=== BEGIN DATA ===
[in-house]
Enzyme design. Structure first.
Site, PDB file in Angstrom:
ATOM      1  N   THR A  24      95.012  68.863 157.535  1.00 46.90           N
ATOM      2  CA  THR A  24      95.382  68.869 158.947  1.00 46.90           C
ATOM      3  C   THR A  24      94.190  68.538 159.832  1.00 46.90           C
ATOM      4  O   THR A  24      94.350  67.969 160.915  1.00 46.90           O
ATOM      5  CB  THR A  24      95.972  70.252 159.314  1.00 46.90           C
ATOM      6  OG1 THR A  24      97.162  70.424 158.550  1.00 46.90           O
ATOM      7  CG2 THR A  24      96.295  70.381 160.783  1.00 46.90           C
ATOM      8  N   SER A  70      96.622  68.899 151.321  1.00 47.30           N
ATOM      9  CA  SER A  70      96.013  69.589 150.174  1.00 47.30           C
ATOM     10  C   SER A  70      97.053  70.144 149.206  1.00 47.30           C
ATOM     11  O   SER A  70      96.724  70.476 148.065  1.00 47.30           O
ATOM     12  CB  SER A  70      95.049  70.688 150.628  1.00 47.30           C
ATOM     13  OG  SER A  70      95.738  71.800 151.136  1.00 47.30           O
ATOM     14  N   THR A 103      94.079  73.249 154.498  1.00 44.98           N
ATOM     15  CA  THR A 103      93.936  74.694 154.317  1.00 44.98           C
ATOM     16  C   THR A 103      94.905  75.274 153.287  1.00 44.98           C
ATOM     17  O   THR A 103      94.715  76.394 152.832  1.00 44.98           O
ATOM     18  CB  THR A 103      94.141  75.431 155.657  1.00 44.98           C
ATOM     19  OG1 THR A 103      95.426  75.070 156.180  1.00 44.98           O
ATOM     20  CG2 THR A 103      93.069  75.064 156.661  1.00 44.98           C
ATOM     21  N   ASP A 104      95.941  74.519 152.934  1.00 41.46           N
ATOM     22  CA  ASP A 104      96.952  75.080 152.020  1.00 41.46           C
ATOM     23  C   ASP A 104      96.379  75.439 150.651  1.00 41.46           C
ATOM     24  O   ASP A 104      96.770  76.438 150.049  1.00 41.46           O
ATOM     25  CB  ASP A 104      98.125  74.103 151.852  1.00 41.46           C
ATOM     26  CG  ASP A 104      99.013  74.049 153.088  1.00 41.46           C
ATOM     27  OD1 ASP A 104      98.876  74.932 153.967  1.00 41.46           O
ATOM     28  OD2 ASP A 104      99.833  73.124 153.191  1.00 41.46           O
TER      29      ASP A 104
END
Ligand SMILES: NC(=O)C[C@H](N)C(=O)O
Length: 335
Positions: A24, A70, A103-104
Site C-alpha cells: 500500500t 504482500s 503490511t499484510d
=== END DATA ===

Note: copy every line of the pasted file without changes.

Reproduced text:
[in-house]
Enzyme design. Structure first.
Site, PDB file in Angstrom:
ATOM      1  N   THR A  24      95.012  68.863 157.535  1.00 46.90           N
ATOM      2  CA  THR A  24      95.382  68.869 158.947  1.00 46.90           C
ATOM      3  C   THR A  24      94.190  68.538 159.832  1.00 46.90           C
ATOM      4  O   THR A  24      94.350  67.969 160.915  1.00 46.90           O
ATOM      5  CB  THR A  24      95.972  70.252 159.314  1.00 46.90           C
ATOM      6  OG1 THR A  24      97.162  70.424 158.550  1.00 46.90           O
ATOM      7  CG2 THR A  24      96.295  70.381 160.783  1.00 46.90           C
ATOM      8  N   SER A  70      96.622  68.899 151.321  1.00 47.30           N
ATOM      9  CA  SER A  70      96.013  69.589 150.174  1.00 47.30           C
ATOM     10  C   SER A  70      97.053  70.144 149.206  1.00 47.30           C
ATOM     11  O   SER A  70      96.724  70.476 148.065  1.00 47.30           O
ATOM     12  CB  SER A  70      95.049  70.688 150.628  1.00 47.30           C
ATOM     13  OG  SER A  70      95.738  71.800 151.136  1.00 47.30           O
ATOM     14  N   THR A 103      94.079  73.249 154.498  1.00 44.98           N
ATOM     15  CA  THR A 103      93.936  74.694 154.317  1.00 44.98           C
ATOM     16  C   THR A 103      94.905  75.274 153.287  1.00 44.98           C
ATOM     17  O   THR A 103      94.715  76.394 152.832  1.00 44.98           O
ATOM     18  CB  THR A 103      94.141  75.431 155.657  1.00 44.98           C
ATOM     19  OG1 THR A 103      95.426  75.070 156.180  1.00 44.98           O
ATOM     20  CG2 THR A 103      93.069  75.064 156.661  1.00 44.98           C
ATOM     21  N   ASP A 104      95.941  74.519 152.934  1.00 41.46           N
ATOM     22  CA  ASP A 104      96.952  75.080 152.020  1.00 41.46           C
ATOM     23  C   ASP A 104      96.379  75.439 150.651  1.00 41.46           C
ATOM     24  O   ASP A 104      96.770  76.438 150.049  1.00 41.46           O
ATOM     25  CB  ASP A 104      98.125  74.103 151.852  1.00 41.46           C
ATOM     26  CG  ASP A 104      99.013  74.049 153.088  1.00 41.46           C
ATOM     27  OD1 ASP A 104      98.876  74.932 153.967  1.00 41.46           O
ATOM     28  OD2 ASP A 104      99.833  73.124 153.191  1.00 41.46           O
TER      29      ASP A 104
END
Ligand SMILES: NC(=O)C[C@H](N)C(=O)O
Length: 335
Positions: A24, A70, A103-104
Site C-alpha cells: 500500500t 504482500s 503490511t499484510d